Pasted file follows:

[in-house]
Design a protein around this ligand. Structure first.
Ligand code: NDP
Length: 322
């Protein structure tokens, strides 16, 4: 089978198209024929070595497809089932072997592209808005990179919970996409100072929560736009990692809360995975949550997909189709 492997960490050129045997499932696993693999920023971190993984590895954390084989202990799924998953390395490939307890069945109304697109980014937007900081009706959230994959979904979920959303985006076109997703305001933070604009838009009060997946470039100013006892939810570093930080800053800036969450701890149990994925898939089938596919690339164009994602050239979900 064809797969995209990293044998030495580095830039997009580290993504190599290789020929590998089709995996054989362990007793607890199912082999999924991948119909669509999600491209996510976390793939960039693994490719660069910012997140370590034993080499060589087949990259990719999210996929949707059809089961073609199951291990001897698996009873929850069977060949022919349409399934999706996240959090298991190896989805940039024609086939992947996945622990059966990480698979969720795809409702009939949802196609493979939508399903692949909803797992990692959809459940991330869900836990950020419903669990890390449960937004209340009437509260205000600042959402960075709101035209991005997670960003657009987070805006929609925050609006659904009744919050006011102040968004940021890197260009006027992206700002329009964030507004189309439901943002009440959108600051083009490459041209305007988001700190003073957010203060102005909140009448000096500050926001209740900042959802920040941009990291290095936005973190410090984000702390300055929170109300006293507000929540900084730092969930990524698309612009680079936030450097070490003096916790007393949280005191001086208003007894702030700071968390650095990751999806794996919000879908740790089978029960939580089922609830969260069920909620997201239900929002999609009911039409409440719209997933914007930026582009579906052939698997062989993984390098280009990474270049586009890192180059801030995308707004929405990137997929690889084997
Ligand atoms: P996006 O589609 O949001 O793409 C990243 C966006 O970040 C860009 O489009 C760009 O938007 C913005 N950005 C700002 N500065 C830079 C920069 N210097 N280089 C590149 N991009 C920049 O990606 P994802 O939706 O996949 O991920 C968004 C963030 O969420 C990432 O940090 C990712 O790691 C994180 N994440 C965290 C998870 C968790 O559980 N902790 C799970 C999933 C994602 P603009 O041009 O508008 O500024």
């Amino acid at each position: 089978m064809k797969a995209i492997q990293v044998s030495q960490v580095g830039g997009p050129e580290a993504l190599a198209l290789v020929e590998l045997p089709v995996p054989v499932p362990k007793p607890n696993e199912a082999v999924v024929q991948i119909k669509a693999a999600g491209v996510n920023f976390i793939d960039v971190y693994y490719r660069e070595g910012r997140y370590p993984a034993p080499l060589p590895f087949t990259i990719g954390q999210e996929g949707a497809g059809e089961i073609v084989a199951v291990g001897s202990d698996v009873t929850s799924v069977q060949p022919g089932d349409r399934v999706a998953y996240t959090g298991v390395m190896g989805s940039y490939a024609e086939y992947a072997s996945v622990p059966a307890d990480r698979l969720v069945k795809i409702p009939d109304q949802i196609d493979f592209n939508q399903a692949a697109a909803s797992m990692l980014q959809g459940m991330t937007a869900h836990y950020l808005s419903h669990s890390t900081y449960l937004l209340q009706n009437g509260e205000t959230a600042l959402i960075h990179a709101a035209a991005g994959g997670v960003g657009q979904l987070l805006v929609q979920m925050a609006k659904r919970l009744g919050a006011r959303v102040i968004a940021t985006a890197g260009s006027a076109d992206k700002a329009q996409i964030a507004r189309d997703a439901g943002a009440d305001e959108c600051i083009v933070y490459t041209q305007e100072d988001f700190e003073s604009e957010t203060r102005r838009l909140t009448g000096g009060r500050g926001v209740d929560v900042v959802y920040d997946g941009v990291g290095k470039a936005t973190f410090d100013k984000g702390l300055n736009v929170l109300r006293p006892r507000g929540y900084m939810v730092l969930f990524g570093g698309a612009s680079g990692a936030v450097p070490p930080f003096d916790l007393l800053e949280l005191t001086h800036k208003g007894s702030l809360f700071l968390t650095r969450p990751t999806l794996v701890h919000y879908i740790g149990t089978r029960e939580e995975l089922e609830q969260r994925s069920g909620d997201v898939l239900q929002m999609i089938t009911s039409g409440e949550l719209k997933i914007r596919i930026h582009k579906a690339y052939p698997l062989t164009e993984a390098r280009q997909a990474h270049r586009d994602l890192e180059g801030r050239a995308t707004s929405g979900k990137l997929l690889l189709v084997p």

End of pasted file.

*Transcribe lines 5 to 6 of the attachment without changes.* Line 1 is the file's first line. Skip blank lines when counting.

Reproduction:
């Protein structure tokens, strides 16, 4: 089978198209024929070595497809089932072997592209808005990179919970996409100072929560736009990692809360995975949550997909189709 492997960490050129045997499932696993693999920023971190993984590895954390084989202990799924998953390395490939307890069945109304697109980014937007900081009706959230994959979904979920959303985006076109997703305001933070604009838009009060997946470039100013006892939810570093930080800053800036969450701890149990994925898939089938596919690339164009994602050239979900 064809797969995209990293044998030495580095830039997009580290993504190599290789020929590998089709995996054989362990007793607890199912082999999924991948119909669509999600491209996510976390793939960039693994490719660069910012997140370590034993080499060589087949990259990719999210996929949707059809089961073609199951291990001897698996009873929850069977060949022919349409399934999706996240959090298991190896989805940039024609086939992947996945622990059966990480698979969720795809409702009939949802196609493979939508399903692949909803797992990692959809459940991330869900836990950020419903669990890390449960937004209340009437509260205000600042959402960075709101035209991005997670960003657009987070805006929609925050609006659904009744919050006011102040968004940021890197260009006027992206700002329009964030507004189309439901943002009440959108600051083009490459041209305007988001700190003073957010203060102005909140009448000096500050926001209740900042959802920040941009990291290095936005973190410090984000702390300055929170109300006293507000929540900084730092969930990524698309612009680079936030450097070490003096916790007393949280005191001086208003007894702030700071968390650095990751999806794996919000879908740790089978029960939580089922609830969260069920909620997201239900929002999609009911039409409440719209997933914007930026582009579906052939698997062989993984390098280009990474270049586009890192180059801030995308707004929405990137997929690889084997
Ligand atoms: P996006 O589609 O949001 O793409 C990243 C966006 O970040 C860009 O489009 C760009 O938007 C913005 N950005 C700002 N500065 C830079 C920069 N210097 N280089 C590149 N991009 C920049 O990606 P994802 O939706 O996949 O991920 C968004 C963030 O969420 C990432 O940090 C990712 O790691 C994180 N994440 C965290 C998870 C968790 O559980 N902790 C799970 C999933 C994602 P603009 O041009 O508008 O500024």